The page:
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2016 Top Ten Food Trends from The Food Channel

Our predictory look at what's happening in food!

The Food Channel® has released its Top Ten Food Trends for 2016. Based on research conducted by The Food Channel in conjunction with CultureWaves® and the International Food Futurists, the list identifies some of the significant changes expected to hit the food world.

“We’re seeing a huge emphasis on clean label, sustainability, functional food, and knowing the story behind a product,” said Kay Logsdon, editor of The Food Channel. “We’ve called out both flavors and industry behavior in this report, with something for the consumer and the food professional alike.”

This marks 28 years since The Food Channel began identifying trends around food. Highlights follow:

1. Clean Label

“Clean Label” is a term that needs no definition in the food world, where growers and food manufacturers are being asked daily to remove preservatives, artificial flavors, antibiotics and other potential allergens. Farm to table is no longer enough, given the realities of how we eat, not everything is farmers’ market fresh. Growers and food manufacturers are removing preservatives, artificial flavors, antibiotics, and other potential allergens in response to consumer demands for transparency.

2. A No Tipping Future

Restaurateur Danny Meyer is used to setting the standard—in food, in service, and in taking care of his employees. So we shouldn’t be surprised to see him leading the charge to change the way we pay at a restaurant. His policy is not without controversy as pundits debate the merits of incentive pay, but he’s also not alone. Joe’s Crab Shack is the first major chain to test a no-tipping policy. Leaside, a Toronto-based restaurant, dared to open with the policy in place, and worker-owned Casa Nueva has made the switch. Watch for phrases such as “hospitality included,” and for the impact to extend into the kitchen, where shared tips had become the norm. Will higher wages all around lead to menu prices that make us rethink the value of eating out, or will we adapt and love not having to pass judgment on our servers? Watch for “hospitality included” signs in the near future.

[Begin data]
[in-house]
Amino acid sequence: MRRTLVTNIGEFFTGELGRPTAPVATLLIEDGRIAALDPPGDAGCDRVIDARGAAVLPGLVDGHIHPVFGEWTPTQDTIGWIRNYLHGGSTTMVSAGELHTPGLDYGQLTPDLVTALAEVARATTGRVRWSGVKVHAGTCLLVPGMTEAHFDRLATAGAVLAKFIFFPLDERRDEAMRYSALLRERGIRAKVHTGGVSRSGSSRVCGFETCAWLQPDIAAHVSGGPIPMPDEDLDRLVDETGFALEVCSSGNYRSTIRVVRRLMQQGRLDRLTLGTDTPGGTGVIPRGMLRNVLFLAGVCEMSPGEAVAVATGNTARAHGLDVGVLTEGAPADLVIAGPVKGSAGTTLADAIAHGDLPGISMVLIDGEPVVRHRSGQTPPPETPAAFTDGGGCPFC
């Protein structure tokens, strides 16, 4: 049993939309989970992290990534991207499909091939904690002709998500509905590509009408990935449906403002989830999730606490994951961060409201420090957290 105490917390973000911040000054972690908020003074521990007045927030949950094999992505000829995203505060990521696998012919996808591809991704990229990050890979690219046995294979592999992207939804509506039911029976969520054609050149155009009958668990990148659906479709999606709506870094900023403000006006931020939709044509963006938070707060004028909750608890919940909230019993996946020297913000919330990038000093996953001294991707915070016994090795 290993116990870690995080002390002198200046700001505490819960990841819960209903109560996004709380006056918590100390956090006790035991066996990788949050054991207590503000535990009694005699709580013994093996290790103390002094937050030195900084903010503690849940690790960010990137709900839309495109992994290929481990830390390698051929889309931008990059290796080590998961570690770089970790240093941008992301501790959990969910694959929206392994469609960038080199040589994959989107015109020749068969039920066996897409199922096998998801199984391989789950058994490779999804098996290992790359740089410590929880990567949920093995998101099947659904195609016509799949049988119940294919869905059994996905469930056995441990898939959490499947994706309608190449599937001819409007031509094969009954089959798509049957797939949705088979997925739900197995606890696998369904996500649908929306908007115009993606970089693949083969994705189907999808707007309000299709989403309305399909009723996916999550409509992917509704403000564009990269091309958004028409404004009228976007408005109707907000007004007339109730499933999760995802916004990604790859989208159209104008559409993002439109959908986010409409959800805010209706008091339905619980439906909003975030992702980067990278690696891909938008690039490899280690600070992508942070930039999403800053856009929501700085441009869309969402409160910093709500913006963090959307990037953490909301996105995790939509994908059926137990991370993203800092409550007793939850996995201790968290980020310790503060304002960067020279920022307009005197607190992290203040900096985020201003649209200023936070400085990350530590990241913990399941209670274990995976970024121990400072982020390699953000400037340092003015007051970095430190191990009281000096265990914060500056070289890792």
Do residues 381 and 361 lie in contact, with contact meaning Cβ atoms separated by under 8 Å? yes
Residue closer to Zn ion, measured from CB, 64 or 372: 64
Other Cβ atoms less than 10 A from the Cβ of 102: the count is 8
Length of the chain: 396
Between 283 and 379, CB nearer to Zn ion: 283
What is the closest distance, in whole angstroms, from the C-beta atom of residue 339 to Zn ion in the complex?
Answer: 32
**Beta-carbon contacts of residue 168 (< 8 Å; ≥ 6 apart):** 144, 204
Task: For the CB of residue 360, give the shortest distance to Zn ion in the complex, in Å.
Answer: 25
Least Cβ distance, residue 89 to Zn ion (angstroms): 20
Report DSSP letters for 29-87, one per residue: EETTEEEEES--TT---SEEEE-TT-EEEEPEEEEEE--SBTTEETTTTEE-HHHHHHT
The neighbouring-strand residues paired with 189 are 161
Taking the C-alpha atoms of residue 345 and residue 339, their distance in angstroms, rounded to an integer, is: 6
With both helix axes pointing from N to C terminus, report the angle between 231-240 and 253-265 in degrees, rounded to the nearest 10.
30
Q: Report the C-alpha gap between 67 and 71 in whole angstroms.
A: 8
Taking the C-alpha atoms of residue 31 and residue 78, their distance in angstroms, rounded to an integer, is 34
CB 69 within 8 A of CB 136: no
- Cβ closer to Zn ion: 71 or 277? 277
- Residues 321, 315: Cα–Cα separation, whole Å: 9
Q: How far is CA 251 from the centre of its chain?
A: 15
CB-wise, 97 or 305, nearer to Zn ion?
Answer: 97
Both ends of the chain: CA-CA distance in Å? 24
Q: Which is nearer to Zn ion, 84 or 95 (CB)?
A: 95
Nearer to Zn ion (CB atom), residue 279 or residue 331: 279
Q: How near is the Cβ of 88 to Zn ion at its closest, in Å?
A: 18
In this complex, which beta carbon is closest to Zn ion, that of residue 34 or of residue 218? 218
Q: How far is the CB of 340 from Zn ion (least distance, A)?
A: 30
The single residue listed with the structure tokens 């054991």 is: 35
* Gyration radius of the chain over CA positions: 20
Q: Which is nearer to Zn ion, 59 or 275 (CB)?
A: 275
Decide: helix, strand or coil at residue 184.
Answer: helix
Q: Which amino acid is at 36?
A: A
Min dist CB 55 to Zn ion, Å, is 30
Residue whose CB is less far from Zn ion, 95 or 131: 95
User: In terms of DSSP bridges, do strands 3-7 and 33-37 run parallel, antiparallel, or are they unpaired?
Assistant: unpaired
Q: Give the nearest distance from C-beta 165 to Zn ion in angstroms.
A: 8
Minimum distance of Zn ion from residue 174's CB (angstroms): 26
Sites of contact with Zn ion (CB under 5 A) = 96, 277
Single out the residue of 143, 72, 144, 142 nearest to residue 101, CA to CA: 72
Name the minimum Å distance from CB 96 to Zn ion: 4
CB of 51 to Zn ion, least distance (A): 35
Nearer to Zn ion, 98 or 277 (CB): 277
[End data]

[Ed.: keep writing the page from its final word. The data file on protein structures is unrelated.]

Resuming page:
3. Tangy: the Newest Flavor Palate

As we look beyond spicy and sweet, we are moving into territory that incorporates a more nuanced palate. What used to be sweet is now savory, and vice versa.  Everything is getting flip-flopped as we try to figure out the newest and edgiest, or seek a new experience. It’s leading to stronger flavors that pack a punch to make sure we notice them.

4. The New Vegan